Further, an entity requesting for authentication of the biometric /demographic information of an individual has to obtain the consent of an individual before collecting his identity information for the purposes of authentication and ensure that the identity information of an individual is only used for submission to the Central Identities Data Repository for authentication.

Whoever impersonates or attempts to impersonate another person, whether dead or alive, real or imaginary, by providing any false demographic information or biometric information, would be punishable with three years imprisonment or with a fine which may extend to rupees 10,000/- or with both. Same punishment exists for those who try to manipulate records or unauthorisedly access or disclose the information. Unauthorised data destruction / manipulation / access / disclosure of CIDRs shall be punishable with three years imprisonment and shall also be liable to a fine which shall not be less than 10 lakh rupees.

 

Coverage under Aadhaar
The first Aadhaar was issued in 2010. The Unique Identification Authority of India (UIDAI) generated the 100thcrore (1 billionth) Aadhaar on April 4, 2016, touching the landmark in a span of five-and-a-half years. Aadhaar coverage as on 4 April 2016 is at 93% (73.96 Crores) among people above the age of 18 (as per projected population figures of 2015). Around 22.25 Crore (or 67%) children of age 5-18 years have Aadhaar; Around 2.30 Crore (20%) children of age 0-5 years have Aadhaar;  Every day more than 5-7 lakhs people get enrolled for Aadhaar. UIDAI today has a capacity of generating and dispatching over 15 lakh Aadhaars every day

 

Usage of Aadhaar and its benefits
Government of India has been linking Aadhaar to various schemes and initiatives, including the Pradhan Mantri Jan Dhan Yojana (PMJDY), MGNREGS, Pensions, Scholarships, PaHaL / Direct Benefit Transfer, Universal Account Number (UAN) of Employee’s Provident Fund Organization (EPFO), Public Distribution System (PDS), Passports, Attendance system in government offices, etc.   Since July 2017, Aadhaar is mandatory for obtaining a Permanent Account Number (PAN) issued by Income Tax Authorities and for making transactions above a certain threshold through various financial institutions.


As on 4 April 2016,


Further,         


The number of transactions using Aadhaar Authentication has risen to 150.6 crore as on March 31, 2016, as compared to 8.82 crore on May 31, 2014. The number of e-KYC transactions has gone up to 8.4 crore as on March 31, 2016 as against 2.7 lakh transaction on May 31, 2014.

Aadhaar Payment Bridge (APB) has been developed which enables disbursal of benefits /other payments directly to the beneficiary through his Aadhaar number without requiring his bank details. As on 4 April 2016, more than 23 crore people have linked their bank accounts to their Aadhaars on the Aadhaar Payment Bridge. Total number of transactions on the APB was logged at 94.71 crore worth Rs. 28,363 crore, a handsome rise compared to the data on May 31, 2014 - 7.13 crore APB transactions worth Rs. 4,474 crore.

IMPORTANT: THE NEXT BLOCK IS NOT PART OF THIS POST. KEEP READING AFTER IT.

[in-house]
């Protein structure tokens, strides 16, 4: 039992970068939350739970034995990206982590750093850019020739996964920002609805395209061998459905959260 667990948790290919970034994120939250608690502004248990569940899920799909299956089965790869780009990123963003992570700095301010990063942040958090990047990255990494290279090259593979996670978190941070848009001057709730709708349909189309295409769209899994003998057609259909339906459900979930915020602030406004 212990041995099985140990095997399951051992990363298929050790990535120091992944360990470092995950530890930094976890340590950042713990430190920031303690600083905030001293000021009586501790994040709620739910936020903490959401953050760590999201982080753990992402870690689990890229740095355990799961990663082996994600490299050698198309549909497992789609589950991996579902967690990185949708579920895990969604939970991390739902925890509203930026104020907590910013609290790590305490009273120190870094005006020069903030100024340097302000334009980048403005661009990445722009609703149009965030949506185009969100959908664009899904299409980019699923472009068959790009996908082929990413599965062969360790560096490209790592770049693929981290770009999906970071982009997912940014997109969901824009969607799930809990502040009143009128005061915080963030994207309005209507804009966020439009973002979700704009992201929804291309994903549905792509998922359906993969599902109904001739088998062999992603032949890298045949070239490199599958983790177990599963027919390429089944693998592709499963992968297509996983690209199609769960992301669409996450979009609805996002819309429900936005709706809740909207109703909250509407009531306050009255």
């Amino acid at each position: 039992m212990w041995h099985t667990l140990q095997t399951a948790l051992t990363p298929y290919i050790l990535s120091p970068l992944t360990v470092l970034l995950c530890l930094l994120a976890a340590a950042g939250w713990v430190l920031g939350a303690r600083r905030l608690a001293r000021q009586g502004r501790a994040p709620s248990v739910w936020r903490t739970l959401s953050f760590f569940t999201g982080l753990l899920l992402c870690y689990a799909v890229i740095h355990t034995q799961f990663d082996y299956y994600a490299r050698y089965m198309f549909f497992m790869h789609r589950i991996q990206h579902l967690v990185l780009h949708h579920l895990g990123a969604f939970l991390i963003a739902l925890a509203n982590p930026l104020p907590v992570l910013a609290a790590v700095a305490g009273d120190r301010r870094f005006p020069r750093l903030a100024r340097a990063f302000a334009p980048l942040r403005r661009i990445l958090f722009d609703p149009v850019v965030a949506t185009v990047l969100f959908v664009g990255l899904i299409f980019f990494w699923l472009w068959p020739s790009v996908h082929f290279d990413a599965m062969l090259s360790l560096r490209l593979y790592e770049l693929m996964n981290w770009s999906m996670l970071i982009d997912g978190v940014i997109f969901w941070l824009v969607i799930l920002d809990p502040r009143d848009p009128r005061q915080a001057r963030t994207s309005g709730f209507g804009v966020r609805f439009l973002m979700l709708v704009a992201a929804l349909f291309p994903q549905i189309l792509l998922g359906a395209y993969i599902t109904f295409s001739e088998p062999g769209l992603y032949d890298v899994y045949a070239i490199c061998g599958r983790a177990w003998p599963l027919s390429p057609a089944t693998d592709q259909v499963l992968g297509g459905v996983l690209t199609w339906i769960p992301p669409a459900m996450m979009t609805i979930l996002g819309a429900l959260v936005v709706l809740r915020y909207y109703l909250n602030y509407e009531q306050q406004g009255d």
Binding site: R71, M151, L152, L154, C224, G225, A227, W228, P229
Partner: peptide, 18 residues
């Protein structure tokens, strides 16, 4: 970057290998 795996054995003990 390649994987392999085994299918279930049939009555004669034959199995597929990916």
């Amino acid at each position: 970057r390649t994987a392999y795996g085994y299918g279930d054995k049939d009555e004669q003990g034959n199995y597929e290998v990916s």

Aadhaar Enabled Payment System (AEPS) is a mechanism through which a beneficiary in a remote village, without having access to a bank branch is able to withdraw or deposit money at his doorstep by giving his Aadhaar and fingerprint on a micro-ATM.  Total number of AEPS transactions has gone up to 10.76 crore as on March 31, 2016, as against 46 lakh logged on May 31, 2014.

Aadhaar’s use in the distribution of LPG subsidy (DBTL (Pahal)) has resulted in an  – estimated savings of Rs 14,672 cr. Its use in the food public distribution system (PDS) has resulted in an estimated savings of Rs 2,346 cr. across 4 states of Andhra Pradesh, Telangana, Puducherry and Delhi. Aadhaar is used in the distribution of scholarships and pensions (NSAP) with an estimated savings of Rs 276 cr. (across 3 states of Andhra Pradesh, Telangana and Punjab) and Rs 66 cr. (across 3 states of Jharkhand, Chandigarh and Puducherry) respectively.

(Information in this section is based on the Press release of Ministry of Planning dated 4 April 2016)


1. It was passed as a money bill by Lok Sabha on 11 March 2016

2. It is a centralised database in one or more locations containing all Aadhaar numbers issued to Aadhaar number holders along with the corresponding demographic information and biometric information of such individuals and other related information.